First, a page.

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This is a most beautiful and highly interesting chapter. Job here enters again upon his defense: in which we find nothing of reproach concerning the unkindness of his friends; but delightful testimony of God's wisdom, power, and justice; and humbling views of himself.
(1) ¶ Then Job answered and said, (2) I know it is so of a truth: but how should man be just with God? (3) If he will contend with him, he cannot answer him one of a thousand. (4) He is wise in heart, and mighty in strength: who hath hardened himself against him, and hath prospered?
What a blessed evidence is here, that Job takes shame to himself, in the consciousness of man's sin, and GOD'S righteousness. How very strong and conclusive is the question, How should man be just with GOD? There are a thousand sins, and ten thousand transgressions, which pass away over our unthinking minds, into the gulph of forgetfulness, everyone of which, if GOD were to bring forward, would be enough to prove guilt. And though we forget them, yet GOD doth not; our secret sins are in the light of his countenance. Psalms 90:8 . What a thought is this to convince the soul of sin! What a motive is it, or ought it to be, to seek redemption in the blood of JESUS?
(5) Which removeth the mountains, and they know not: which overturneth them in his anger. (6) Which shaketh the earth out of her place, and the pillars thereof tremble. (7) Which commandeth the sun, and it riseth not; and sealeth up the stars. (8) Which alone spreadeth out the heavens, and treadeth upon the waves of the sea. (9) Which maketh Arcturus, Orion, and Pleiades, and the chambers of the south. (10) Which doeth great things past finding out; yea, and wonders without number. (11) Lo, he goeth by me, and I see him not: he passeth on also, but I perceive him not. (12) Behold, he taketh away, who can hinder him? who will say unto him, What doest thou?
Now let the Reader follow the footsteps of the HOLY GHOST, and mark, as he goeth on through Job's history, how Satan is baffled, and the poor sufferer is helped forward by grace. Satan was confident that Job would curse GOD, but behold how he blesseth him: how highly doth he talk of GOD'S perfections. The poor afflicted mourner seems to forget, for the moment, his own sorrows, while discoursing of GOD'S glory. Observe how Job follows GOD in the world of nature; removing mountains, shaking the earth, controlling the heavenly bodies and governing the sea. Then he prosecutes the subject into the world of providence; going by unperceived, taking away and none can hinder him, or say unto him, what doest thou? And had Job lived under the gospel of JESUS, how would his soul have expatiated on JESUS works in the world of grace? Reader! think what blessed privileges you are called to, before whom light and immortality is so fully brought to light in the gospel.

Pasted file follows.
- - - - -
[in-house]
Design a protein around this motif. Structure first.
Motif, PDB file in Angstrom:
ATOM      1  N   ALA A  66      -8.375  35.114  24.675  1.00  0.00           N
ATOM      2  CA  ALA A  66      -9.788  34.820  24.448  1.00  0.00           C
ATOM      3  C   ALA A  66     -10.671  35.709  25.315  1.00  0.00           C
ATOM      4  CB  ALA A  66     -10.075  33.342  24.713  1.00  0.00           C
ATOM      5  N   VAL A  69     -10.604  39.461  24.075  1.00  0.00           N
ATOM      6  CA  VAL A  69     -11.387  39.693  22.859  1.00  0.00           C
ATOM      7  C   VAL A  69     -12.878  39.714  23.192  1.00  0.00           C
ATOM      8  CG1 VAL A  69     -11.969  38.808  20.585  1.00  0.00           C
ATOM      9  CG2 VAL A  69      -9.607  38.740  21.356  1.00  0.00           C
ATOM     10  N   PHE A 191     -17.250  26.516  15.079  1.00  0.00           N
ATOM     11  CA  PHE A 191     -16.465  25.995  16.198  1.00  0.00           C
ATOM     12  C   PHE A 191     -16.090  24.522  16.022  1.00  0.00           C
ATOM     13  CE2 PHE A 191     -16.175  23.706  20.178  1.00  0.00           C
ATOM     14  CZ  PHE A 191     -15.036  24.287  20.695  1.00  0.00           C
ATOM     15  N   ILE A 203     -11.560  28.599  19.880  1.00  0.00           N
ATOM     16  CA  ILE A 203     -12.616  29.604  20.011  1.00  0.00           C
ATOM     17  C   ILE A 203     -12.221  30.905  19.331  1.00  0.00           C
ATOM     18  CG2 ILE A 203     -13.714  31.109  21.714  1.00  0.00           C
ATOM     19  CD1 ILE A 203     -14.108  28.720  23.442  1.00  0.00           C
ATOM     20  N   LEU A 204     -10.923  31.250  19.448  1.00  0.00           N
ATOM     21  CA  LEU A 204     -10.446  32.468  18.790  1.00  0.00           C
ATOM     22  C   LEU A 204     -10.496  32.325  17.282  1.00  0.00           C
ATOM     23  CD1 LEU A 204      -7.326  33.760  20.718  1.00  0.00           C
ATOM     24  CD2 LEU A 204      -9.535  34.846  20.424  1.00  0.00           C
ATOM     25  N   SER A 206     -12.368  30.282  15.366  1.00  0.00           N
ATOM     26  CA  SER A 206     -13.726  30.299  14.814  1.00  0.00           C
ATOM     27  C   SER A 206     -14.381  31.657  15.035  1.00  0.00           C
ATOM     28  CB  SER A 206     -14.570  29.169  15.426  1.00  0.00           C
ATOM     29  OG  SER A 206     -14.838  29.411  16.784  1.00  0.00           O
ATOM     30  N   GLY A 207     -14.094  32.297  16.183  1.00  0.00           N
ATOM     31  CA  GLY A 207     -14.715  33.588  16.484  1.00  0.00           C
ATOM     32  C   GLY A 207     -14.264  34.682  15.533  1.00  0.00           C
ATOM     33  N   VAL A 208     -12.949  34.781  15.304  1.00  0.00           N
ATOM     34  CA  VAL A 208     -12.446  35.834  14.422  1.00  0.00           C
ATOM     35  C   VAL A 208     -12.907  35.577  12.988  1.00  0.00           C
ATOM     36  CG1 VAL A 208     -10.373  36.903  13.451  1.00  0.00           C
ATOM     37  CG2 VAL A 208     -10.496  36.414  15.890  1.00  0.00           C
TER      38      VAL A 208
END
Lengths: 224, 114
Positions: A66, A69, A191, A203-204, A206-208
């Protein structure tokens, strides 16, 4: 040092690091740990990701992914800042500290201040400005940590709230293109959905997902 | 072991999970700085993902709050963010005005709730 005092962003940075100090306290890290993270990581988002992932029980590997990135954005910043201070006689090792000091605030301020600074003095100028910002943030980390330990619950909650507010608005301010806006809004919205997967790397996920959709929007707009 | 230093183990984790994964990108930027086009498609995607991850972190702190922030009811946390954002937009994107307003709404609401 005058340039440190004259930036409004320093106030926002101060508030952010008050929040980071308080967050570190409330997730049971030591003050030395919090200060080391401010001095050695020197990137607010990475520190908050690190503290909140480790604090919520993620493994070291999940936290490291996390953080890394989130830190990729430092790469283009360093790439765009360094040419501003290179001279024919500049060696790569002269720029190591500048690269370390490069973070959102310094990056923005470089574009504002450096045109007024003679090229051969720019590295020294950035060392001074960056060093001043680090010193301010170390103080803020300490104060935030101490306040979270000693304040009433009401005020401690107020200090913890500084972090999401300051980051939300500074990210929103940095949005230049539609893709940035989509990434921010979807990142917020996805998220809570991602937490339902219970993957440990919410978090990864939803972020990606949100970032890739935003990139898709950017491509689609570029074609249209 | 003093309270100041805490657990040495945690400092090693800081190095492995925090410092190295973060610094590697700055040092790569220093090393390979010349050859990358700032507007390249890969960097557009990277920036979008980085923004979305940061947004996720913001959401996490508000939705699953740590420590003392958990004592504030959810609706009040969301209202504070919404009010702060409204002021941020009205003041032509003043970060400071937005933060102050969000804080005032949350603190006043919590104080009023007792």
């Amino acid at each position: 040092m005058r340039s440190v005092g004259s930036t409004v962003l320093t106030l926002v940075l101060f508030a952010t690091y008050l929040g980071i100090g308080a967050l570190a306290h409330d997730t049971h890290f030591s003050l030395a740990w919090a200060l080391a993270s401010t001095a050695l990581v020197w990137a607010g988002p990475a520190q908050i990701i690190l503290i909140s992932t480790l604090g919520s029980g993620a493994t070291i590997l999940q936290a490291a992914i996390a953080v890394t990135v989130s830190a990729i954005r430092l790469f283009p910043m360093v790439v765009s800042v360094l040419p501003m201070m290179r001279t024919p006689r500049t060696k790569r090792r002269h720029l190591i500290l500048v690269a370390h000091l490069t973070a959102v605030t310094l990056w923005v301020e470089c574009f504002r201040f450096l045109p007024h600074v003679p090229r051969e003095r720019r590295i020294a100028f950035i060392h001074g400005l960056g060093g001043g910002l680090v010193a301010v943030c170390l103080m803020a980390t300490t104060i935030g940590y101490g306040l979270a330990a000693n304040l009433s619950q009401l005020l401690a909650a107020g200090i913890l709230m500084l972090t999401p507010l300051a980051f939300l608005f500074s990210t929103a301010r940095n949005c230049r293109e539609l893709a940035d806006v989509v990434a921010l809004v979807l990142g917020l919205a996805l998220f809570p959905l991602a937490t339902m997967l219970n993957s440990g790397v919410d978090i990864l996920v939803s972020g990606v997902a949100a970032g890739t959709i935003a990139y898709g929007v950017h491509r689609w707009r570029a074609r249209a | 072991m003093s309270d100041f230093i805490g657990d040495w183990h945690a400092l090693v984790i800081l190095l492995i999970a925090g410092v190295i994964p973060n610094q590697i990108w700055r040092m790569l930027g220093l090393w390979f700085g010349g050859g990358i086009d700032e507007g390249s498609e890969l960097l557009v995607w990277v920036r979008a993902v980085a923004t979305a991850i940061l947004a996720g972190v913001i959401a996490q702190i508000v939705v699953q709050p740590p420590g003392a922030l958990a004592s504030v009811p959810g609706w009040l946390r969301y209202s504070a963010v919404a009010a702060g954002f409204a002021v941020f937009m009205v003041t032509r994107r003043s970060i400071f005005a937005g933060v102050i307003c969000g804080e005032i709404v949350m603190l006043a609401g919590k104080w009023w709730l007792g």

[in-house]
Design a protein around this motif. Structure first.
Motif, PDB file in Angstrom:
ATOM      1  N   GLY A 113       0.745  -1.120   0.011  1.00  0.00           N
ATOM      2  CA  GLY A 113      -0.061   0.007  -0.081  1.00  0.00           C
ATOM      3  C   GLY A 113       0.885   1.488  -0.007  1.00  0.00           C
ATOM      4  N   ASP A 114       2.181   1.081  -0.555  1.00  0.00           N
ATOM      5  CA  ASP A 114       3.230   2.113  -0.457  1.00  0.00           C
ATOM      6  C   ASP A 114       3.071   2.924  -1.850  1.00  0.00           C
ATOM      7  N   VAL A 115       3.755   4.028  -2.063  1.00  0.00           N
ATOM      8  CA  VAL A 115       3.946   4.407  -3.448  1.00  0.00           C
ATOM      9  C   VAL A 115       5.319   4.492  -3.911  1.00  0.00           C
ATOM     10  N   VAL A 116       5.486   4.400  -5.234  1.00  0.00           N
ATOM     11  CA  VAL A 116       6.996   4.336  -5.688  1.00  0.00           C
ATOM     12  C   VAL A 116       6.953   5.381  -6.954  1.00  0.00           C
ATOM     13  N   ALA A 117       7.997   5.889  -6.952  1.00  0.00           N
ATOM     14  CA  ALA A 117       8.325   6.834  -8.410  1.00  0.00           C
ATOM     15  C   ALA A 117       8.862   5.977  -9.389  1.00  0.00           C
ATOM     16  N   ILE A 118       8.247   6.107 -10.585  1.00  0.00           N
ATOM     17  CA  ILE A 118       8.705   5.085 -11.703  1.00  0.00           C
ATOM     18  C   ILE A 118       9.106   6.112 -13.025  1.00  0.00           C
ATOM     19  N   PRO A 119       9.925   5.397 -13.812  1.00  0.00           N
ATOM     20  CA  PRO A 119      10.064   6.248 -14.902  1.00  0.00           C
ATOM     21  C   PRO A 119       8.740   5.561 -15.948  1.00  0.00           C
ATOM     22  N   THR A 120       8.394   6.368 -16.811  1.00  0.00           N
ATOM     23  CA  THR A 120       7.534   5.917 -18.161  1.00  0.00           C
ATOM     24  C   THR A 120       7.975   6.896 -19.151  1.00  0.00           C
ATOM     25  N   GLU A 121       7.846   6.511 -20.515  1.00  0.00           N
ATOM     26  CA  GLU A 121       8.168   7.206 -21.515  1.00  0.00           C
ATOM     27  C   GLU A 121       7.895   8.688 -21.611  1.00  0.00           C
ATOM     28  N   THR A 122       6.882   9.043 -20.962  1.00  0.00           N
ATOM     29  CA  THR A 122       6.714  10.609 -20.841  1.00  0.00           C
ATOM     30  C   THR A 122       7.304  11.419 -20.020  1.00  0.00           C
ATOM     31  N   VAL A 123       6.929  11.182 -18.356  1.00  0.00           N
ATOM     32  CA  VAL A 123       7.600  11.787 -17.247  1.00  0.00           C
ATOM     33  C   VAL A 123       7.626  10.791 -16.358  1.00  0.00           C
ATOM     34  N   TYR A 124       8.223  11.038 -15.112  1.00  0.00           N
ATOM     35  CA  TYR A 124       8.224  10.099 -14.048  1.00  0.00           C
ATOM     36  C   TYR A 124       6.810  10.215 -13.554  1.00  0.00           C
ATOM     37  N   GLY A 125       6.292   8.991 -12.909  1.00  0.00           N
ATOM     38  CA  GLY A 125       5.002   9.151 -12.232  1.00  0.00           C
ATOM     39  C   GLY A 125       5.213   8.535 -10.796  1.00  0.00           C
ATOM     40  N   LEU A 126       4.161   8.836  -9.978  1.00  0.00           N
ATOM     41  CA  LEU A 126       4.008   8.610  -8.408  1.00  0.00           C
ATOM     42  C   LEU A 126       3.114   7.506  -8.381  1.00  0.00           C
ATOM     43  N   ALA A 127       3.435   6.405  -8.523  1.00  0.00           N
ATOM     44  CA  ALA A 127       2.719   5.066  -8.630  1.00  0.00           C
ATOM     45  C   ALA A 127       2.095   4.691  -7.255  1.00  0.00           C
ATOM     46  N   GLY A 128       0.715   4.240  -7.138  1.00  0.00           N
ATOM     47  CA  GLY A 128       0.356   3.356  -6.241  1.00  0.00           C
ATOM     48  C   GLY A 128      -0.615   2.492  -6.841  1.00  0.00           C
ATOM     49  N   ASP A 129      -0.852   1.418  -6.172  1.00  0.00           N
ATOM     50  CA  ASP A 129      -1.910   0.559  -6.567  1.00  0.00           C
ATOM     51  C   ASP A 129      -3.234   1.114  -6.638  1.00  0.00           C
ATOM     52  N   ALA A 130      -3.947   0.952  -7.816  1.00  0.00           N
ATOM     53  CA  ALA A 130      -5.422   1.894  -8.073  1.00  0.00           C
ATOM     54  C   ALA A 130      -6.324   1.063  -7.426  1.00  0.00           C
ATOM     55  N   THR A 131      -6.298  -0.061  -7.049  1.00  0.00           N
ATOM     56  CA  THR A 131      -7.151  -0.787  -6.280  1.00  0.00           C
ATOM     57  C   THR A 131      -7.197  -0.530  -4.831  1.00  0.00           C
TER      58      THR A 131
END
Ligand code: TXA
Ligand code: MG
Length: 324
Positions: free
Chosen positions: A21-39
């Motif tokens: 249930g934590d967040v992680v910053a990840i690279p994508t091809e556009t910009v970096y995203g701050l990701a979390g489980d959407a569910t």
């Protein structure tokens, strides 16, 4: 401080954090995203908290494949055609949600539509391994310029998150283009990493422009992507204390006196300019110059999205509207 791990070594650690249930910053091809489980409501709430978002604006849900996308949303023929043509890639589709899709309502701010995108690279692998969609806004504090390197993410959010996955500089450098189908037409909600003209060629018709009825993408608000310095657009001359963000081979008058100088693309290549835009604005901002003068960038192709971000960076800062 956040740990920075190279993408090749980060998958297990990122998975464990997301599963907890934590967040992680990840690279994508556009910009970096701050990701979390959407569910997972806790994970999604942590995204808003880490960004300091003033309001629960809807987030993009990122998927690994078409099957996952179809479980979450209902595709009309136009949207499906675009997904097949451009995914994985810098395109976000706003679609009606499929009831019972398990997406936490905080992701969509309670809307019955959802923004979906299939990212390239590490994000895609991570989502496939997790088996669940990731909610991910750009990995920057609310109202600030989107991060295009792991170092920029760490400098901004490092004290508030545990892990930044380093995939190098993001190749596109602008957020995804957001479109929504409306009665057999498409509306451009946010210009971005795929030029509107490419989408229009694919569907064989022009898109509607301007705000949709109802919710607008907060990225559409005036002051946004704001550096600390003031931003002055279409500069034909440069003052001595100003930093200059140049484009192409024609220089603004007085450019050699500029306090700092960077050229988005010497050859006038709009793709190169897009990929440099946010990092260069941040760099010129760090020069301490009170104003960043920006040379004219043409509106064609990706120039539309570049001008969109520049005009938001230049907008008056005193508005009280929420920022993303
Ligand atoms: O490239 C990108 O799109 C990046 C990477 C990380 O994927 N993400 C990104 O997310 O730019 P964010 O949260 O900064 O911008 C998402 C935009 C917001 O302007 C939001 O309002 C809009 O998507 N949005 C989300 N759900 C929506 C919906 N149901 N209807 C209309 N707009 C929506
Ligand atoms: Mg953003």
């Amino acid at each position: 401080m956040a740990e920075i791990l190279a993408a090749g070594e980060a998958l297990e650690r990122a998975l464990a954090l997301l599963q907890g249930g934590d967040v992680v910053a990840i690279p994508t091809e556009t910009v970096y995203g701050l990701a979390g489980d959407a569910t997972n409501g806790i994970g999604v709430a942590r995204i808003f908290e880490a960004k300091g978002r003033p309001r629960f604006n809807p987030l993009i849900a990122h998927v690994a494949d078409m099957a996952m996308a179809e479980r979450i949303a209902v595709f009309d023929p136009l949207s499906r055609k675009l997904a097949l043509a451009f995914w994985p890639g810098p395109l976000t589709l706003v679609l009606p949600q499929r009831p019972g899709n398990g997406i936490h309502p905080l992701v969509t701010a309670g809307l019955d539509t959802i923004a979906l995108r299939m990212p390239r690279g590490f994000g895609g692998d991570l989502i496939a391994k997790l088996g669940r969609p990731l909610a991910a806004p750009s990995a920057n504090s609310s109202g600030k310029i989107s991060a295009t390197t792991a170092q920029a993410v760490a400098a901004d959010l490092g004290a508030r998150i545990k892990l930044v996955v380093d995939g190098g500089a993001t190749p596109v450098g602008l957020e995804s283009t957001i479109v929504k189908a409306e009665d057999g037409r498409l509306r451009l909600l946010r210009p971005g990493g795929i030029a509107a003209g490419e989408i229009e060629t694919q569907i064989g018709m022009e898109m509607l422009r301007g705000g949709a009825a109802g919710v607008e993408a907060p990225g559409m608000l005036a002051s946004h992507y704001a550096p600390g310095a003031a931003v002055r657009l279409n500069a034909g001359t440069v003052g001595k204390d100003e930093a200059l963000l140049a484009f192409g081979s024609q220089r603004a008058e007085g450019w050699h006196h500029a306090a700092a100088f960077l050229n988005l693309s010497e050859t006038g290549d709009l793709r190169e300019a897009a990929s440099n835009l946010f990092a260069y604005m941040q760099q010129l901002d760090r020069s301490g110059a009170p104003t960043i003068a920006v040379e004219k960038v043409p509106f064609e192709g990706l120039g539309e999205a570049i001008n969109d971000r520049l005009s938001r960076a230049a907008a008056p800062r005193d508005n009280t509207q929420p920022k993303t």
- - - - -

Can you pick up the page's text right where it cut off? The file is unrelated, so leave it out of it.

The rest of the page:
(13) If God will not withdraw his anger, the proud helpers do stoop under him. (14) ¶ How much less shall I answer him, and choose out my words to reason with him? (15) Whom, though I were righteous, yet would I not answer, but I would make supplication to my judge. (16) If I had called, and he had answered me; yet would I not believe that he had hearkened unto my voice. (17) For he breaketh me with a tempest, and multiplieth my wounds without cause. (18) He will not suffer me to take my breath, but filleth me with bitterness. (19) If I speak of strength, lo, he is strong: and if of judgment, who shall set me a time to plead? (20) If I justify myself, mine own mouth shall condemn me: if I say, I am perfect, it shall also prove me perverse. (21) Though I were perfect, yet would I not know my soul: I would despise my life.
How very striking is this reasoning of Job, and what a spirit of the gospel it breathes. If the proud helpers stoop, what could Job do? GOD will make good every charge. Nay, saith Job, though I were righteous, that is, if my own heart did not reproach me, and I was led thereby to fancy myself righteous, yet would I not venture to trust it were so. Nay, more than this; if I had called, and GOD had answered me, yet even then I would not presumptuously think that this grace was on account of my deserts: oh! no, I would conclude, saith Job, that it was his mercy, not my merit, his free love and grace, not my deservings. Reader! I beseech you, pause over this passage. Is it not pure gospel from beginning to end? Where could Job learn this, but from Him who teacheth not as man teacheth? Was it not the same Almighty Teacher, indeed, that thus teaching and convincing Job of sin, taught and led him also to believe in his kinsman-Redeemer See chap. 19:25. I must not dismiss our view of this precious passage, until I have further begged the Reader to remark with me, one or two beauties more contained in it. Job, though justifying himself with respect to his conduct among men, makes a mighty distinction between this, and his justification before GOD. And in this, he is followed by other holy men of old. David, when unjustly charged by men, carries his cause to GOD: Judge me, O Lord, (said he) according to my righteousness, and according to the integrity that is in me. Psalms 7:8 . And the apostle Paul tells the Corinthians that he was not to be judged of men, or of man's judgment. 1 Corinthians 4:3 . But when GOD takes up the cause, as it concerns the sinner before GOD, David cries out, Enter not into judgment, with thy servant, O Lord, for in thy sight shall no man living be justified. Psalms 143:2 . And Paul saith, All the world is become guilty before GOD . Romans 3:19 . And Job declares that he would not know his soul: and elsewhere he saith, I abhor myself, and repent in dust and ashes: Job 42:6 .